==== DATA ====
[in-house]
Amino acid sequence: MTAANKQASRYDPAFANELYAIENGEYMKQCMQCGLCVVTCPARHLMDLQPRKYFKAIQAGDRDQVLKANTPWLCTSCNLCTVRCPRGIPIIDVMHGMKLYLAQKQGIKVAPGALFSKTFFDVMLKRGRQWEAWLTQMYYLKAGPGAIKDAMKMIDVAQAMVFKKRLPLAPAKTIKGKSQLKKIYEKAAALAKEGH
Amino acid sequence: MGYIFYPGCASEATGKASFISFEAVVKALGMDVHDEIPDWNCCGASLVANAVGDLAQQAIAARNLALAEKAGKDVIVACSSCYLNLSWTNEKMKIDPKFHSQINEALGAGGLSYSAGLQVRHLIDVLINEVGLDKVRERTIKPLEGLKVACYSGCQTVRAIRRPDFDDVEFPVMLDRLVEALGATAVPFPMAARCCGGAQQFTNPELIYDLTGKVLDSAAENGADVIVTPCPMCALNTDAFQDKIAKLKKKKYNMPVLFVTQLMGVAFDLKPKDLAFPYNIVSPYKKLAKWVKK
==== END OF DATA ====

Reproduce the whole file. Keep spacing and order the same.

[in-house]
Amino acid sequence: MTAANKQASRYDPAFANELYAIENGEYMKQCMQCGLCVVTCPARHLMDLQPRKYFKAIQAGDRDQVLKANTPWLCTSCNLCTVRCPRGIPIIDVMHGMKLYLAQKQGIKVAPGALFSKTFFDVMLKRGRQWEAWLTQMYYLKAGPGAIKDAMKMIDVAQAMVFKKRLPLAPAKTIKGKSQLKKIYEKAAALAKEGH
Amino acid sequence: MGYIFYPGCASEATGKASFISFEAVVKALGMDVHDEIPDWNCCGASLVANAVGDLAQQAIAARNLALAEKAGKDVIVACSSCYLNLSWTNEKMKIDPKFHSQINEALGAGGLSYSAGLQVRHLIDVLINEVGLDKVRERTIKPLEGLKVACYSGCQTVRAIRRPDFDDVEFPVMLDRLVEALGATAVPFPMAARCCGGAQQFTNPELIYDLTGKVLDSAAENGADVIVTPCPMCALNTDAFQDKIAKLKKKKYNMPVLFVTQLMGVAFDLKPKDLAFPYNIVSPYKKLAKWVKK